One-cent — profile head of Franklin, looking to the right, in an ellipse as large as could be placed upon the stamp, viz 1 by 3/4 inch. The entire ground within the enclosure is formed of lathe work. The outer %6 of an inch of this space is more open.
The upper corner spaces contain the Arabic figure “1”, and the lower the white capital letters “U” and “S” in the left and right, respectively — all four corners having ornate surroundings. The words “U.S. postage”
are placed above and “One cent” below the bust, following the curvature of the elliptic lathework upon which they rest.
Two-cent — a full face of Andrew Jackson fills the entire tablet, which is as wide as the stamp, three-fourths of an inch, and only 1/16 less in its long diameter than the stamp, 15/16 of an inch, space being left at the top for
the words “U.S. postage” above the elliptical ground, which is cross-hatched. The word “Two” and the distorted capital “U” in black fill the left the lower corner, and the word “Cents” and a distorted “S” the right. An Arabic “2” in white is placed in each upper corner inclined outward to the left and right, respectively, and resting upon small black disks. Appropriate scroll decorations complete the upper part. The face of Jackson on this stamp is probably after the portrait by Dodge.
Three-cent — a profile of Washington looking to the left rests upon an oblong tablet of lathe work, which is scarcely separated from the rest of the stamp by a border of lighter work of the same character. The entire ground of the stamp, except touches at and near the outer corners, is of this machine design. The large Arabic figure “3” appears in the upper corners, and between them in two lines are “U.S.” and “Postage”, the latter word taking the curve of the head close below. At the bottom, also in two lines of white capitals, are the words “Three” and “Cents”, the ends of the lines tending upward. In the lower corners are the Gothic capitals “U” and “S”, of the same size as the figures; all four are white, except slight tracery near the middle of each.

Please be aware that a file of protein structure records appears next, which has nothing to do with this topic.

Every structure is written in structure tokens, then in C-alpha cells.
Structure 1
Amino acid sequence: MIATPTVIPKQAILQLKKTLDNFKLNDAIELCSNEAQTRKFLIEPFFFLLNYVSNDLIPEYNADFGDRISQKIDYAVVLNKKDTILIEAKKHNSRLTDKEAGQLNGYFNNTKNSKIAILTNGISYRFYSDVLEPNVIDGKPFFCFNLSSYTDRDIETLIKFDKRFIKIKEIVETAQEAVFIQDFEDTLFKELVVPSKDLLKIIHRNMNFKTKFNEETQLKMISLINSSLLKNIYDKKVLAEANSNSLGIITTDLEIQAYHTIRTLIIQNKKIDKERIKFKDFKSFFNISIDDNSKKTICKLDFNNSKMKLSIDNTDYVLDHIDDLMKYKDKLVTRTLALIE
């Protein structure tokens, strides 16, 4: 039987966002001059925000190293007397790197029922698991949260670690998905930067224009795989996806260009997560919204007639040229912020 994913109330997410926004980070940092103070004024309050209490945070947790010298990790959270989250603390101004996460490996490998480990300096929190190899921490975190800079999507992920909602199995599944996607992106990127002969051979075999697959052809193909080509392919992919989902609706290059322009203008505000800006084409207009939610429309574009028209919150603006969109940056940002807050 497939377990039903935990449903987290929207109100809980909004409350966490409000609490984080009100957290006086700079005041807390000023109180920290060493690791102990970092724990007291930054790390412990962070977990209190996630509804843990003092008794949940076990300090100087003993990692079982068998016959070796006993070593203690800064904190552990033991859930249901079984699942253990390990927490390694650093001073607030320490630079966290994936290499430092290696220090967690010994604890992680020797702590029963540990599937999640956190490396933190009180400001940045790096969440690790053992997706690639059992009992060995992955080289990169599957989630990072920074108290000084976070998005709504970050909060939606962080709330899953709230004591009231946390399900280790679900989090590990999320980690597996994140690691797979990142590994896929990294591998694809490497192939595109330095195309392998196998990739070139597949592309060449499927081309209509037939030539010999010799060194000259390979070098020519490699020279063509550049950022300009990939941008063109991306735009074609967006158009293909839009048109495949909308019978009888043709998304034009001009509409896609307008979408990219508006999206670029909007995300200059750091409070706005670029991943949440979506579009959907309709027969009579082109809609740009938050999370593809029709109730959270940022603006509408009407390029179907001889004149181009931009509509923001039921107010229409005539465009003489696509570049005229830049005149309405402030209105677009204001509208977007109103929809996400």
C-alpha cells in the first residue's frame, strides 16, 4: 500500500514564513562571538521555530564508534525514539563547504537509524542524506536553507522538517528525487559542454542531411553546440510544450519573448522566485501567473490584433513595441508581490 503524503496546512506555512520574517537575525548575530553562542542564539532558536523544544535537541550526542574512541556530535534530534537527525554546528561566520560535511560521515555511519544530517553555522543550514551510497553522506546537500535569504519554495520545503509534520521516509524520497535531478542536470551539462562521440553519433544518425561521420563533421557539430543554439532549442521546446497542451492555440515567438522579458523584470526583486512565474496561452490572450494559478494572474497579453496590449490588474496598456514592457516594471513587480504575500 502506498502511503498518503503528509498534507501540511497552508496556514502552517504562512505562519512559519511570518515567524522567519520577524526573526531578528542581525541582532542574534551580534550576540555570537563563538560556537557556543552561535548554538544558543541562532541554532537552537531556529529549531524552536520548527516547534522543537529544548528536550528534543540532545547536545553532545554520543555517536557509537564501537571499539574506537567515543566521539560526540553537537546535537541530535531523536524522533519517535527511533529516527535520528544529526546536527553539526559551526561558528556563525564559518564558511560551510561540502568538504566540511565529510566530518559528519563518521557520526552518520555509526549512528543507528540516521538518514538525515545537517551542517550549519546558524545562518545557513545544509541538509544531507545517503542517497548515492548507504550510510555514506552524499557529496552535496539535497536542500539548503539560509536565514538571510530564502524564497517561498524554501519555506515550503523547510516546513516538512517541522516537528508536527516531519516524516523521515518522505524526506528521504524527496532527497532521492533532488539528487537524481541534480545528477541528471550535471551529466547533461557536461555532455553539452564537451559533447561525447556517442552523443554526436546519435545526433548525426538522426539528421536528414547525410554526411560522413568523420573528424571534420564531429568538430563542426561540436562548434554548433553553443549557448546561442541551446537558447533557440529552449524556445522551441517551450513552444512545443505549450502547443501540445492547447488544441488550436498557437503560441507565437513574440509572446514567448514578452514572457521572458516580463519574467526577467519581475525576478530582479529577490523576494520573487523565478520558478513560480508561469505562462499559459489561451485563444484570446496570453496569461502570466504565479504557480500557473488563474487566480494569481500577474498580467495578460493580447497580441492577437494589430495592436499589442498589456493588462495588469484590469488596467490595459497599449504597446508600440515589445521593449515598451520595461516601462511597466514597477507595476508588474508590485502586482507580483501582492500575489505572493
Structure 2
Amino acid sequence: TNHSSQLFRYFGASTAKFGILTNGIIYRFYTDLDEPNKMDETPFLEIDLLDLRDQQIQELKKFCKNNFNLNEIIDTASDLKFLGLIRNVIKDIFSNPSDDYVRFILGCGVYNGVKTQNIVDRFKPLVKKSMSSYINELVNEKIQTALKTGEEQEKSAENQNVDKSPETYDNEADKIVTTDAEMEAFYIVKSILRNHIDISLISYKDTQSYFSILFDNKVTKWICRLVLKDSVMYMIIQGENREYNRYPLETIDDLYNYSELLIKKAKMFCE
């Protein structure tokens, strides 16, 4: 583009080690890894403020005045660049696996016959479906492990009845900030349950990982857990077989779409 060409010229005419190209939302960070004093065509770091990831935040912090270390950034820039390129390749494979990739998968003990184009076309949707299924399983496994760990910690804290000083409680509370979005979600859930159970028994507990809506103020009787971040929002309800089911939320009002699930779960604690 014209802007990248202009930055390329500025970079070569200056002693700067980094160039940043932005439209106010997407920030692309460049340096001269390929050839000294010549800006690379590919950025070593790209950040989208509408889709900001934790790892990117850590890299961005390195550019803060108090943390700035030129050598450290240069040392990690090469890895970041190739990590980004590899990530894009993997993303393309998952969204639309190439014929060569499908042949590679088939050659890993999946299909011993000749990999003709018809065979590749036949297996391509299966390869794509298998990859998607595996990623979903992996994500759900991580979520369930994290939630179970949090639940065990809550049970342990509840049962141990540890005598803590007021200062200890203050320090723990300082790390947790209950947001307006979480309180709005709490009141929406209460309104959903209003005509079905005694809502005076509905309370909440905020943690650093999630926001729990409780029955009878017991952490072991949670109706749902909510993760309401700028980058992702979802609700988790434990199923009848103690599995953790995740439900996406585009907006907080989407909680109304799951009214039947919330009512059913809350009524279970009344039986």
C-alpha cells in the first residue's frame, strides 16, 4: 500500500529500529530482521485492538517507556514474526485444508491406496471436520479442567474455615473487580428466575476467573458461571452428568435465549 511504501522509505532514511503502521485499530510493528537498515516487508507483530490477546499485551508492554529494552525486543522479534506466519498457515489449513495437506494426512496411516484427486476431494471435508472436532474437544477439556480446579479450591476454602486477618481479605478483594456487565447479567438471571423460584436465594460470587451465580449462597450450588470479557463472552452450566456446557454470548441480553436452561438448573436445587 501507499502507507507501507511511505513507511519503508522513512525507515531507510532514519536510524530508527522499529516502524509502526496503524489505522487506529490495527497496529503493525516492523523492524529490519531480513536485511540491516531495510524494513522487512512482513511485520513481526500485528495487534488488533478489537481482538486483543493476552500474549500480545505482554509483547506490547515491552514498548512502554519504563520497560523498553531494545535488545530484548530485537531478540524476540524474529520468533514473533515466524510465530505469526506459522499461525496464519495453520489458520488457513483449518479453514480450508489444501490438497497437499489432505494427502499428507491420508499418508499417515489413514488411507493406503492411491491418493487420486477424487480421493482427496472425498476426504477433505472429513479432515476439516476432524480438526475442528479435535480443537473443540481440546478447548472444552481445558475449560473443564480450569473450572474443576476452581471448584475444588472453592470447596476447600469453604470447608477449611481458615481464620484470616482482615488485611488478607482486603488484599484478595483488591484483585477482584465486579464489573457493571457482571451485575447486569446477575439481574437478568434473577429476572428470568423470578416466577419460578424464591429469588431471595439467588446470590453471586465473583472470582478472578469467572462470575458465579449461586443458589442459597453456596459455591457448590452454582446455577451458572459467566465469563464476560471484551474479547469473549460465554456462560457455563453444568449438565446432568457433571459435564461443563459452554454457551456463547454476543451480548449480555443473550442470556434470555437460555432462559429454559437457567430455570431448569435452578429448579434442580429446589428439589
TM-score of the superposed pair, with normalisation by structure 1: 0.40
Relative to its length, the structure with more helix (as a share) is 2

Five-cent — a portrait of Jefferson rests upon a cross-hatched elliptical tablet 17/32 by 43/64 of an inch. This is surrounded by a border of lathe work, principally in a triple line design reaching the limits of the stamp and giving the general outline of a parallelogram, though the corners are rounded, and midway of each side, it swells outward. A
large white Arabic figure “5” is placed in each of the upper corners, and resting on each end of the line “U.S. postage”, which rises in the middle to surmount the upper curve of the tablet. Similar white capitals form the words “Five cents” below the tablet, and the Gothic capitals “U” and “S”, slightly distorted, are placed in the lower corners.
|Denomination||Subject||Presentation||Color||Artist||Date of issue|
|1-cent||Franklin||Profile to right||Blue||–||Aug. 17, 1861|
|2-cent||Jackson||Full face||Black||–||July 6, 1863|
|3-cent||Washington||Profile to left||Rose||Houdon||Aug. 17, 1861|
|5-cent||Jefferson||3/4 face to left||Buff and Brown||Stuart||1861 (buff) and 1862|
|10-cent||Washington||3/4 face to left||Green||Stuart||Aug. 17, 1861|
|12-cent||Washington||3/4 face to left||Black||Stuart||Aug. 17, 1861|
|15-cent||Lincoln||3/4 face to right||Black||Photograph||June 17, 1866|
|24-cent||Washington||3/4 face to right||Lilac||Stuart||Aug. 17, 1861|
|30-cent||Franklin||Profile to left||Orange||–||Aug. 17, 1861|
|90-cent||Washington||3/4 face to left||Light Blue||Trumbull||Aug. 17, 1861|
|5-cent (n. & p.)||Washington||Profile to right||Blue||–||1865|
|10-cent (n. & p.)||Franklin||Profile to right||Green||–||1865|
|25-cent (n. & p.)||Lincoln||Profile to left||Red||–||1865|
Ten-cent — the head of Washington is upon a hatched ground whose cross lines are almost imperceptible and is enclosed by four small white stars on each side, with the words “U.S. postage” above and “Ten cents” below. There are five more stars at the top of the stamp. The number “10”, in Arabic figures, is placed in each upper corner, in an
the appropriate enclosure of ornamental design, and the white capitals “U” and “S” are seen in the left and right lower corners, respectively.
Twelve-cent — the face of Washington is placed upon a cross-hatched elliptical ground 1/2 by 5/8 inch, which is surrounded to the edge of the stamp by a very fine geometrical design with a serrated outer white line, edged with a black hairline and the trace of an ornament in the middle of each side, with a larger one at each corner, outside the lines mentioned. The number “12”, in Arabic figures, inclined as in the 2-cent stamp, is placed in each upper corner, with “U.S. postage” between, bordering the medallion line. Below, in the corners, are the white capitals “U” and “S”, with the words “Twelve cents” just below the medallion line and rising at each end above the “U” and “S.” The portrait is the same as that on the 10-cent stamp.